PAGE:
Utility services are the lifeblood of our society. We rely on them to deliver electricity while they, in turn, require dependable and efficient operation of their equipment to deliver uninterrupted service at a competitive price.
In many parts of the U.S., utility deregulation has created a glut of providers and a host of firms that help them perform that task, which makes the arena even more competitive.
“Since the industry is now market sensitive, based on the twin dynamics of cost and dependability, companies that have entered this arena must remain competitive if they’re to attract and retain customers,” says Will Fox, director of marketing at Portland, Oregon-based Serveron, which helps electric utilities deliver reliable power and reduce costs.
His firm is a 2001 start-up that provides dedicated turnkey equipment and services to monitor the health of electric generation, transmission, and distribution substation equipment. This allows utility owners to make appropriate, timely operations and maintenance decisions, which helps avoid costly (sometimes dangerous) failures and optimizes scheduled maintenance.
Serveron staffs a 24/7 response center to provide monitoring and alert notification to its electric utility generating customers.
A Unique Challenge Inspires an Equally Unique Service
“Most of our competition is going the ‘new monitoring software’ route in attempts to perform these services. We, on the other hand, are committed to the personal 24/7 approach,” says Serveron’s Fox. “We feel that people make the best decisions based on being given the best information. And, in our opinion, the ‘more software’ approach does little more than confuse the customer. They don’t need another software package to throw on their laptop; it’s one more dubious thing they need to worry about. Rather, they tell us there’s more value in a turnkey process that tells them when there’s a problem and what they can do about it.”
According to Fox, Serveron quickly reached a developmental crossroad as to how to bring its service to market. The company could do it two ways: either build and manage this system itself or outsource the management tasks. He says it ended up being a no-brainer since the former would have cost millions of dollars and dozens of personnel to man the center 24/7 and provide the level of security and data redundancy that its customers needed.
But who should be its outsourcing partner?
A Powerful Marriage
Denver, Colorado-based Inflow provides hosting, network management, network design, data backup, recovery and security services to a large array of companies, utilizing 18 full-service and fully-staffed Internet Data Centers (IDCs) in the U.S. and Europe. Serveron brought its data management challenge to Inflow; from that collaboration came a new type of service, Enterprise Data Center Management.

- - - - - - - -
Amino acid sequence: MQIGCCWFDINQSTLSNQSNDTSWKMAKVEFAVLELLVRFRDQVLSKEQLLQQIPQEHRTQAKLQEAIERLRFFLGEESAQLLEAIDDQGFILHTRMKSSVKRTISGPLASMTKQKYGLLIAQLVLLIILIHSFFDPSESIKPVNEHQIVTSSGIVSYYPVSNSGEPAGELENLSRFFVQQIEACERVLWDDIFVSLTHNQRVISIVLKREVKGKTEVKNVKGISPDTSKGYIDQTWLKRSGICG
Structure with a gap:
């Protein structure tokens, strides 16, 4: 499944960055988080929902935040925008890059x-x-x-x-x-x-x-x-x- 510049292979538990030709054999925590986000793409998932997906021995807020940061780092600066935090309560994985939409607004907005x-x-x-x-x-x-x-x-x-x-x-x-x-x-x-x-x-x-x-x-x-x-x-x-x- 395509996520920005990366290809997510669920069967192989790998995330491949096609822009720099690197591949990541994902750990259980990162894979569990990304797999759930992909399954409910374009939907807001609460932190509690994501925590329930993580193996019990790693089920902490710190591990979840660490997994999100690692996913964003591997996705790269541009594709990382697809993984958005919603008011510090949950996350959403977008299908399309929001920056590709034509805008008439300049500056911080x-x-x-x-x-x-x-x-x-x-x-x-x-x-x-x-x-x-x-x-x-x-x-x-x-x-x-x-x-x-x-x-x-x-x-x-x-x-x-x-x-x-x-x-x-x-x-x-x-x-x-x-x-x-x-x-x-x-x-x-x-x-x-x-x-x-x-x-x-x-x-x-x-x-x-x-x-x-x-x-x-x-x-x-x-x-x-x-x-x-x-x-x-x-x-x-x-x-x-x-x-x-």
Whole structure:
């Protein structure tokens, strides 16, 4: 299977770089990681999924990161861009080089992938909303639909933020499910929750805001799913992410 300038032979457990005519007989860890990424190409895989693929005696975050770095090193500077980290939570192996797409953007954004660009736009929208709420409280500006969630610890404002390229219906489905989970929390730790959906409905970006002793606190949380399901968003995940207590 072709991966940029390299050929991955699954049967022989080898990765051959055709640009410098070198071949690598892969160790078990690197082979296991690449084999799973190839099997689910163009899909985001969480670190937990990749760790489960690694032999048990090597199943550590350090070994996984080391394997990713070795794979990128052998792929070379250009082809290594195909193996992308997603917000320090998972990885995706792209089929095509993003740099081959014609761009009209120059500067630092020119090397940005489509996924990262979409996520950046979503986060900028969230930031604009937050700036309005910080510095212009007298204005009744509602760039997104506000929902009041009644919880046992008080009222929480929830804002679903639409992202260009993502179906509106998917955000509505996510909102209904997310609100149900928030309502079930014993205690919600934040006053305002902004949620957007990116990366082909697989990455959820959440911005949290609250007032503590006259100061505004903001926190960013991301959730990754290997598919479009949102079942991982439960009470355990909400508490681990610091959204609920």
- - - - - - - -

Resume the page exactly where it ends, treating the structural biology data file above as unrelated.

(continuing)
“Severon had wonderful new technology to monitor electronic generation transmission and distribution station equipment,” says Inflow’s director of professional services Todd Johnson. “They didn’t want to build a data center because of the increased time to market as well as the cost. They also wanted to leverage our expertise to manage the data and bring it to market. And they needed it quickly.”
Inflow’s technically trained Network Operations Center staff provides around the clock monitoring of Serveron’s equipment installed at each customer’s substation. This equipment can be interrogated regularly via modem to monitor changes in the operating condition and performance of critical transmission and distribution equipment.
This outsourcing solution bypassed Serveron’s need to build, deploy and support an enterprise class command and control center. “Typically it can take companies up to a year to build a network infrastructure to support mission-critical business operations like Serveron’s”, says Inflow’s Johnson. “And they needed a system that’s highly scalable because they were anticipating a lot of growth. If done right, a good data management system can be very scalable. That directly impacts the savings we can offer the customer.”
The product of this collaboration was the very quick launch of the Serveron Response Center (SRC).
A Reliable, Safer Power Grid
This marriage of Serveron’s expertise and Inflow’s proprietary operations automation system, FlowTrack, appears to be a good one at this early stage. Serveron reports genuine interest by the utility industry and encouraging feedback from the customers they’ve developed so far.
One utility quickly found through FlowTrack a weakness in a primary transformer, repaired it, and then adjusted the maintenance schedule as a response to this averted calamity. “This saved a lot of money, not to mention the downtime from an emergency transformer shut-down,” says Serveron’s Fox. “The premise for the service is that it’s better when utility maintenance is preventative rather than reactive. So we’re pleased with FlowTrack’s performance in the field.”
“I can’t say that one day we won’t say ‘thanks’ to Inflow and take this entire operation in-house,” he continues. “But we couldn’t have gotten this off the ground without its data management services. I probably sound like an ad for Inflow, but it’s the truth.”
Lessons from the Outsourcing Journal:
- Suppliers must have the infrastructure to give you the virtual presence that you want.
- Outsourcing provides speed to market, especially when the solution is complex.
- Outsourcing can help businesses compete in the marketplace by offering a unique service.